Thursday, December 31, 2009

New Years Eve!

I’ve always loved New Years Eve; the concept of stepping over a line to a fresh start is very appealing. I’m not one to make many New Years resolutions, although their have been a few. For the most part the ones that I’ve made I’ve managed to keep.

Past New Years Eve’s have included a few wild crazy parties, in fact the closest I’ve ever came prior to breaking a bone was on a New Years Eve when I lived in Seattle. Friends and I were out at a bar and somehow I ended up with a full bottle of champagne in my hand. I remember the person who handed it to me saying “be careful!” Then once outside I managed to slip on the only patch of ice in the city and down I went with a severe ankle strain.

There have also been many quiet New Years Eve’s spent at home with family, friends, a movie (often Cinema Paradiso) or now, my husband. For me it’s a milestone night where I try to reflect at least little on the year that has gone and the possibilities of the one that lies ahead.

2009 has certainly had its bright spots, and its dismal ones. 2010 lies ahead with so much possibility and so much in question. One thing I know for certain is that the danger garden will continue to grow. Both the one in the soil and the one here, online.

I wish you all the best for the New Year! May you make many happy discoveries in the garden, and may you, your family and friends stay safe and healthy. Happy New Year!

Wednesday, December 30, 2009

What’s this?

Oh ya, snow. It started about 3pm Tuesday afternoon and just kept going and going! This was at about 5:00…
These pictures were all taken looking out my windows, while I was cozy and warm inside. This is my neighbors Palm...
And these pictures were taken at about 7pm, when it was finally starting to slow down.
This was the wet heavy snow that has plant leaves and branches bending to touch the ground. Luckily Andrew arrived home safely (a 15 minute commute turned into over an hour) and diligently went around knocking the heavy snow off the bamboo, flax and other tender weak plants. Other than a few broken flax leaves I think everything will be alright.
I missed out on Lila’s first snowy walk of the season. Andrew reports she was running around the park frolicking like a kid, or a dog half her age (8).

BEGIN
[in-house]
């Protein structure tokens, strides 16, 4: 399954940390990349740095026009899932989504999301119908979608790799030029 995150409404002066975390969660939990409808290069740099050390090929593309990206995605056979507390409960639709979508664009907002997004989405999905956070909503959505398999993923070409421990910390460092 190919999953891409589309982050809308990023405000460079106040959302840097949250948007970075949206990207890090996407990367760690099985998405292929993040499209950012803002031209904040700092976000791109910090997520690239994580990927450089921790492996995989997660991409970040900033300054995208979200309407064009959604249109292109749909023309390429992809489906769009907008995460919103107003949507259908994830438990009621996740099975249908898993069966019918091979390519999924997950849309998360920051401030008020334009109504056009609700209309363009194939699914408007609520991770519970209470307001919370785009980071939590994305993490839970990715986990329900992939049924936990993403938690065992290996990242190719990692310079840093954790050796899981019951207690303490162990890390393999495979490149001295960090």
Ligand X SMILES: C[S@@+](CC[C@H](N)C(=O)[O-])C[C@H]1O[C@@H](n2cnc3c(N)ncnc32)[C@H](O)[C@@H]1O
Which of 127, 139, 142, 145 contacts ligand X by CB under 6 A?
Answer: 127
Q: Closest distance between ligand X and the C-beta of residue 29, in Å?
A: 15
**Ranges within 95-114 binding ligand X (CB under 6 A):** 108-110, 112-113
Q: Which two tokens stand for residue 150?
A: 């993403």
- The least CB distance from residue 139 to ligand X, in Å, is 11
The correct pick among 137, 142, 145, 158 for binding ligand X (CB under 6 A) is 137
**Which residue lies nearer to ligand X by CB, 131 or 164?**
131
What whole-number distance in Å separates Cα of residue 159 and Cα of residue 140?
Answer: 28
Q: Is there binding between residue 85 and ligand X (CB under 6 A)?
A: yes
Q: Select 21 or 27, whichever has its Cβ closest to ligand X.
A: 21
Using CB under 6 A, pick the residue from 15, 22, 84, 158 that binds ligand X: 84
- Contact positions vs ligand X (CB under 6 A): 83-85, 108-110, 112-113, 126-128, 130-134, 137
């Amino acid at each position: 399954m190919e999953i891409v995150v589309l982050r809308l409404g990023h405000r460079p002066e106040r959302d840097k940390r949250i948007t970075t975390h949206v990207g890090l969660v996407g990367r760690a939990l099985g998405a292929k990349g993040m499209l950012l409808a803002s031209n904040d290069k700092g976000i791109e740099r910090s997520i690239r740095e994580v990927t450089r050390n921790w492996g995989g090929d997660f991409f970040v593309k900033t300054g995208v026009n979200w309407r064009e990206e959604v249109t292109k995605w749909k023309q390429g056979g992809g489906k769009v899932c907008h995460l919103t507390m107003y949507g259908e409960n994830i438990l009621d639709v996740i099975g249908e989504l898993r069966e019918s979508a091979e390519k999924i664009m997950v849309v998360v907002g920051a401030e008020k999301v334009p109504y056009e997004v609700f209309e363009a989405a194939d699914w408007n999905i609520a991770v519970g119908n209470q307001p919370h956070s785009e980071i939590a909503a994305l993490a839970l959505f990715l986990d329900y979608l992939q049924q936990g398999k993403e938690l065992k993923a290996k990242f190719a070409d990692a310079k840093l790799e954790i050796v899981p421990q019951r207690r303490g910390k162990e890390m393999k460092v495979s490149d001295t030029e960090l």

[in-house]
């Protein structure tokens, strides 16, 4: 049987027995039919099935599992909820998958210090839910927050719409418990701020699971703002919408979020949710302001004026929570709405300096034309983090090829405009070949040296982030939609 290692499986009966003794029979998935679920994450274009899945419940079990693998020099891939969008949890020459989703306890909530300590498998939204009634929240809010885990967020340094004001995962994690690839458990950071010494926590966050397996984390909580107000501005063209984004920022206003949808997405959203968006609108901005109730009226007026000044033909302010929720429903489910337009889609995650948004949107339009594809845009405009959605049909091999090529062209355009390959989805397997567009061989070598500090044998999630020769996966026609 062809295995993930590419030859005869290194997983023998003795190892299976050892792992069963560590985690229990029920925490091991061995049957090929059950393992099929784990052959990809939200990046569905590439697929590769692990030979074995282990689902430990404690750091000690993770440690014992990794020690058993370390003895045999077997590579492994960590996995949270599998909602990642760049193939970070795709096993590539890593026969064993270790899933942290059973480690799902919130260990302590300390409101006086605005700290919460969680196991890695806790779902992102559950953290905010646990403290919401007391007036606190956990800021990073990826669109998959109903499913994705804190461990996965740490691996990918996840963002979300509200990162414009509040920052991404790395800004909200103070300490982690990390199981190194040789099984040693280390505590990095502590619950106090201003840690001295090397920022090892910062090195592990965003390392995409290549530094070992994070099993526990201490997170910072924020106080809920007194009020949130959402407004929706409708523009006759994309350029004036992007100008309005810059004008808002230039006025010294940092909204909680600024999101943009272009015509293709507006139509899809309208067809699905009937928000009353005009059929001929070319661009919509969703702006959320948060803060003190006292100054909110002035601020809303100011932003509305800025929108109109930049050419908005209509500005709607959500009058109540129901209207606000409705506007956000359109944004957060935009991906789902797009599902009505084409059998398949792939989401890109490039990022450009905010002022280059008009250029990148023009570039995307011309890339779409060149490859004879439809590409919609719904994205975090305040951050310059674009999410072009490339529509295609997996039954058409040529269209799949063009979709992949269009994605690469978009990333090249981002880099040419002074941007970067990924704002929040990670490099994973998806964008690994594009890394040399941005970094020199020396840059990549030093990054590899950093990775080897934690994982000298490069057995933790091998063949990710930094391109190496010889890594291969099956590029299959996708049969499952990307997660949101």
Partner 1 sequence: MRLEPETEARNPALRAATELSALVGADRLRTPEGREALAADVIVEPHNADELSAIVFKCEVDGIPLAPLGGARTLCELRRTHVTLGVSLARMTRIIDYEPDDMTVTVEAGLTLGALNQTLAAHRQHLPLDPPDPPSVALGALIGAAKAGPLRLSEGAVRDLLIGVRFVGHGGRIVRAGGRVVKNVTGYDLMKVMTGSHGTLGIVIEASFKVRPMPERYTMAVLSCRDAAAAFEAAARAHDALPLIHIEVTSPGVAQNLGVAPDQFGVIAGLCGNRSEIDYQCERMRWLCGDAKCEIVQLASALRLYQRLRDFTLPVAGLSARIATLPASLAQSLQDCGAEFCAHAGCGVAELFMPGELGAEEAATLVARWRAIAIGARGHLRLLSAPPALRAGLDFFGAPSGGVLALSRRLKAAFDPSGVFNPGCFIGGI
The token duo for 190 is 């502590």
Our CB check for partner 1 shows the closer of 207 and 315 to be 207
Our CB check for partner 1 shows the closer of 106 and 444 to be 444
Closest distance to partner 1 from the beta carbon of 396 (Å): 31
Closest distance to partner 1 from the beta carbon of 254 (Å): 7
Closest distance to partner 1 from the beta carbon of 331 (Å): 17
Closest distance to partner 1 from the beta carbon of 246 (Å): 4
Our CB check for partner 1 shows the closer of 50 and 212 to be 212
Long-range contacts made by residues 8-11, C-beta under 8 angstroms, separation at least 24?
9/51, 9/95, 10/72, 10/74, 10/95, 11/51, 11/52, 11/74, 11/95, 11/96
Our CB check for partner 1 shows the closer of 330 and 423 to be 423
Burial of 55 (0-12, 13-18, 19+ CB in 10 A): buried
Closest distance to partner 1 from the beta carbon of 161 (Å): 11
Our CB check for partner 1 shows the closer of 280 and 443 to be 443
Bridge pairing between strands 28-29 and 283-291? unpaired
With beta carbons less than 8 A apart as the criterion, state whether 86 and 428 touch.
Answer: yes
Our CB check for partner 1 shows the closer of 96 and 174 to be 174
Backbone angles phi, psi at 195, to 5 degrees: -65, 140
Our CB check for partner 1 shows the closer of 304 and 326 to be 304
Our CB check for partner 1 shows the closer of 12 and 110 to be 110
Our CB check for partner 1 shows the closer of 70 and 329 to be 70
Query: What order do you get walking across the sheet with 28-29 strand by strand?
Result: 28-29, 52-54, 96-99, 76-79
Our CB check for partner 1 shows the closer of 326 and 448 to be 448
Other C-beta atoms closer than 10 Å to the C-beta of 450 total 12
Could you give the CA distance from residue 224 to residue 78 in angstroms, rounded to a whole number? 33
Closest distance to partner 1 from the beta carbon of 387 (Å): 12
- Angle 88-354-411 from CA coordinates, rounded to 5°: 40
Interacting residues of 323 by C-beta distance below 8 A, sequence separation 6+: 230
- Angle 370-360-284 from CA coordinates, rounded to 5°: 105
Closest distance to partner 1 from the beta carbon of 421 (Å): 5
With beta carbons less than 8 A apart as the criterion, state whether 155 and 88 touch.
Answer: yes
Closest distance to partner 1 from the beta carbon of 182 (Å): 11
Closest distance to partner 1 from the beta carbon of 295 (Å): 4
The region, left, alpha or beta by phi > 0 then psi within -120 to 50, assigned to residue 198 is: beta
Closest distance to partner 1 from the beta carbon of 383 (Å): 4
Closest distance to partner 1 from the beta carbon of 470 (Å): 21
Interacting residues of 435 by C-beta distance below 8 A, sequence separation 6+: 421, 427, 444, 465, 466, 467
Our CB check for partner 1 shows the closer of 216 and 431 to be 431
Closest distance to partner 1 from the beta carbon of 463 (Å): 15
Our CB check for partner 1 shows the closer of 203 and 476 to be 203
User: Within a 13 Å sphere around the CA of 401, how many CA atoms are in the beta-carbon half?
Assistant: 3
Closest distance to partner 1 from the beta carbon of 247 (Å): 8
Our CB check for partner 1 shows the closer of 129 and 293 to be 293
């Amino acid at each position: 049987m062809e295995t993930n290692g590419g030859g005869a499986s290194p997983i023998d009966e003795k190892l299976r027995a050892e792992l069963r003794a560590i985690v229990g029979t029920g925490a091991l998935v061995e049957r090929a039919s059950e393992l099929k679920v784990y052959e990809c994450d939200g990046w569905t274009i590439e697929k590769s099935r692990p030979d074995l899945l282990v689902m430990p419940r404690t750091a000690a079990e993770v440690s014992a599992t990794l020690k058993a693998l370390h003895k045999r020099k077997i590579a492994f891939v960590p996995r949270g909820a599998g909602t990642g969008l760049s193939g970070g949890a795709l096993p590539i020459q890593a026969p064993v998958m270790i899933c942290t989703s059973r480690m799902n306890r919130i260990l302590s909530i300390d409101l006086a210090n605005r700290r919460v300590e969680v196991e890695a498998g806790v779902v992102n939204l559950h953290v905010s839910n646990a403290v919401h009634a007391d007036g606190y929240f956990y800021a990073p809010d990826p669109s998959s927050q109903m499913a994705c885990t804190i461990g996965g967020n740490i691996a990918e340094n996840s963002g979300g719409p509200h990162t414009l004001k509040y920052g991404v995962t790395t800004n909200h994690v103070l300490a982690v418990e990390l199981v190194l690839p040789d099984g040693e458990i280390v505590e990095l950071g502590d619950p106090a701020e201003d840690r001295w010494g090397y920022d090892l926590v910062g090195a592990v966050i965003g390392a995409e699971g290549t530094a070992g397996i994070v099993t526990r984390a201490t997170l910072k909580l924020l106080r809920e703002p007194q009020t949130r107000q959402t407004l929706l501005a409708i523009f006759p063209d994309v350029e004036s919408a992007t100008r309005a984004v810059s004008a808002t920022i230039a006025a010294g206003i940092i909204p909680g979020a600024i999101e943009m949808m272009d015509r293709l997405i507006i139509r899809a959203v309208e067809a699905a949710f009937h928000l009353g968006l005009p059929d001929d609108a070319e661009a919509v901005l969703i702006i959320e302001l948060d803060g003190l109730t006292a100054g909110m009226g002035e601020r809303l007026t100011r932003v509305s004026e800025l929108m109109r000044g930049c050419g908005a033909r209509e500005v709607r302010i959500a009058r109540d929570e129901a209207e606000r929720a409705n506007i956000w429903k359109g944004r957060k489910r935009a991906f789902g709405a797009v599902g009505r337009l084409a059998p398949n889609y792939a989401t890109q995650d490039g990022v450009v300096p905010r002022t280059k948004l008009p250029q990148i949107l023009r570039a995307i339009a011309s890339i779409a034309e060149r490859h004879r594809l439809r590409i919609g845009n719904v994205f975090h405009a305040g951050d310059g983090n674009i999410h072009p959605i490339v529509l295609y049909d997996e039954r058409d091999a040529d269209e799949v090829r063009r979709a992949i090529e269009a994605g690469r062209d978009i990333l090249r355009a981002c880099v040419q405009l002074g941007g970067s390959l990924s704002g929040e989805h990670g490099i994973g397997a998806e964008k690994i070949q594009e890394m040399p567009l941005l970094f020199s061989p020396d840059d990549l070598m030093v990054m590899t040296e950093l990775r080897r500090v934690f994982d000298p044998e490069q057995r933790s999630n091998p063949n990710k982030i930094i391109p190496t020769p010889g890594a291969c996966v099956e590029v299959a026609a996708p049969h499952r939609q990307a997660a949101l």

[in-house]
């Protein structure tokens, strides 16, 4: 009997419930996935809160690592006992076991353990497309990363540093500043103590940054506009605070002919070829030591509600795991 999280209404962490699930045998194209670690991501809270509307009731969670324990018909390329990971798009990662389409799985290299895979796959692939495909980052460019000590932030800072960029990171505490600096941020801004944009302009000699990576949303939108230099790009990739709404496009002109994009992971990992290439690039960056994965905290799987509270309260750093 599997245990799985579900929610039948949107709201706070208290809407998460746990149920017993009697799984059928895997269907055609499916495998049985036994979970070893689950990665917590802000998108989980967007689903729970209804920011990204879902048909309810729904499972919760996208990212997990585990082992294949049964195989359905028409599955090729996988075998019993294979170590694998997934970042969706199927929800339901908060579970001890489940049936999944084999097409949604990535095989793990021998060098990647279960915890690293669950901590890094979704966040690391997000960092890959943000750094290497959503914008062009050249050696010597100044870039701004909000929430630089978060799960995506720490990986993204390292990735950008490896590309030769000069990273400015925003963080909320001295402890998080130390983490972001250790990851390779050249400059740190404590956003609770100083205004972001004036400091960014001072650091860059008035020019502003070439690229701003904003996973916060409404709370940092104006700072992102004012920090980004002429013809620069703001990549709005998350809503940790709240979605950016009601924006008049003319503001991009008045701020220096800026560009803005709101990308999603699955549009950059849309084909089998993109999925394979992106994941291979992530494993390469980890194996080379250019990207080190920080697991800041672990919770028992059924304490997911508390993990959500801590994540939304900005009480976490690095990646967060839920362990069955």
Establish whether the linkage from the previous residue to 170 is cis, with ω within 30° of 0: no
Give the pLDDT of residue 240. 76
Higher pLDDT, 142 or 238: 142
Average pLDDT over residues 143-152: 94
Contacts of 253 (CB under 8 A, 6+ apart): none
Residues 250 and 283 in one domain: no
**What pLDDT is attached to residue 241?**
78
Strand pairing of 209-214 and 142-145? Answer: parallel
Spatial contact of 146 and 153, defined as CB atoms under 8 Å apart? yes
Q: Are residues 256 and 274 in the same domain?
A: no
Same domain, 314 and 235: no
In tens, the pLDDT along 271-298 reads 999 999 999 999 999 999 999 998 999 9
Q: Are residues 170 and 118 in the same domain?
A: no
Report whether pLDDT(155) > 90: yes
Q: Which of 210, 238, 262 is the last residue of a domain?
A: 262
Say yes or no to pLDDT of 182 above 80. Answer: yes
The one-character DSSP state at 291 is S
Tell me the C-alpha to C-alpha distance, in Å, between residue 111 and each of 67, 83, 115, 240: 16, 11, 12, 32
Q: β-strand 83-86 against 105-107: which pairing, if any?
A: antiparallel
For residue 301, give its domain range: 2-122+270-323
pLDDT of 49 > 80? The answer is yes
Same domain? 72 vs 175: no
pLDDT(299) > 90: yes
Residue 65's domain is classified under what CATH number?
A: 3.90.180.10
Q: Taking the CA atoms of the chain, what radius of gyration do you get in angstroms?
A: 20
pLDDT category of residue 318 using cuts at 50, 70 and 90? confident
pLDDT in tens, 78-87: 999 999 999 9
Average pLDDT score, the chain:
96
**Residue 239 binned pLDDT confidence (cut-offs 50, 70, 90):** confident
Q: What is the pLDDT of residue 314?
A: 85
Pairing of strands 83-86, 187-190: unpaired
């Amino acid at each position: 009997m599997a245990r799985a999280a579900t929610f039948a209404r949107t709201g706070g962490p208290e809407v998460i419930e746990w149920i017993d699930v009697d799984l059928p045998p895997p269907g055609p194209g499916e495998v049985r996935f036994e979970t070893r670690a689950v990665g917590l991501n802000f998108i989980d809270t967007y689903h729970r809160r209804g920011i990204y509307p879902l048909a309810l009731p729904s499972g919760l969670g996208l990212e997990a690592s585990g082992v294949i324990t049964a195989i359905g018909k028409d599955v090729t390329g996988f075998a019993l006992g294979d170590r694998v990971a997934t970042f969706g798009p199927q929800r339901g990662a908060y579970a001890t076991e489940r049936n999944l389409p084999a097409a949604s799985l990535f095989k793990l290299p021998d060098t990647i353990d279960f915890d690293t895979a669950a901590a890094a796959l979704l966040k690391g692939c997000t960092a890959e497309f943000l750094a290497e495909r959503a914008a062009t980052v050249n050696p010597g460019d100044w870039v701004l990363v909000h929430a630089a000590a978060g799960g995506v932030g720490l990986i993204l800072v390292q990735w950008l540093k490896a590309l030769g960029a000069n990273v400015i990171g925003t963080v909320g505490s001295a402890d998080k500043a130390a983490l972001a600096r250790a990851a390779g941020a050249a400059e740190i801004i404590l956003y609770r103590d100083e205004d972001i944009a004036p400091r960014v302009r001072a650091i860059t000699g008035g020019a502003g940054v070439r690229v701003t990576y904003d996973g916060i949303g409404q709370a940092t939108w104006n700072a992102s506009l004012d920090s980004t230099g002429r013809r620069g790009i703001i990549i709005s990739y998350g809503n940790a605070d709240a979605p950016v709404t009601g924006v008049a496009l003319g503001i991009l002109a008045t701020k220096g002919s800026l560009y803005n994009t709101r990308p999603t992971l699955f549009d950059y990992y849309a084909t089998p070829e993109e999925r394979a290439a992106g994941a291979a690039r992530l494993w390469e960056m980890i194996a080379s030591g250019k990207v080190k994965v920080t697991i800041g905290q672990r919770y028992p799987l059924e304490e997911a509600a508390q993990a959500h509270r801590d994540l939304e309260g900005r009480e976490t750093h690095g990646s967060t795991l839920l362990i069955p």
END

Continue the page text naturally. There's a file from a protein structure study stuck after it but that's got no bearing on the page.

Throughout the day the weathermen kept saying it was going to turn to rain, they were wrong. By Wednesday afternoon it’s slowly melting away as our temperatures are climbing to the upper 30’s. It will be just fine with me if this is the only snow we see the winter of '09-'10...


I held my breath as first of my flax and cordy’s in the front garden were unwrapped. They’d been under warm cover for 12 days, and try as I might I couldn’t find anything online that told me just how long a plant could stay alive when deprived of sunlight. I was very relieved at this sight! The little Yellow wave in front (or behind depending on how you look at it) are survivors of last years flax melt. Their color has changed as a result of being wrapped but hopefully the vibrant hues will return with time.
Yesterday I was thinking how lucky I am that my flax seem to have made it through, then I read about a Washington gardener who thought his flax were fine, only to realize that the center was rotten and he could pull out entire chunks with little effort. I’m assuming mine are all fine for now until I see otherwise. Positive thinking!
I purchased two different bottle brush “trees” last summer (more likely bushes in our climate) Callistemon 'Woodlander's Red'…
And Callistemon ‘Clemson,’ both are supposedly hardy to 0F and both look fabulous!
One of the standout surprises both this winter and last are my Dasylirion wheeleri, they’ve sailed through with no problem (this far, hope I’m not jinxing myself). There are other Dasylirion types out there and I think it’s a goal for the new planting season to track a few down.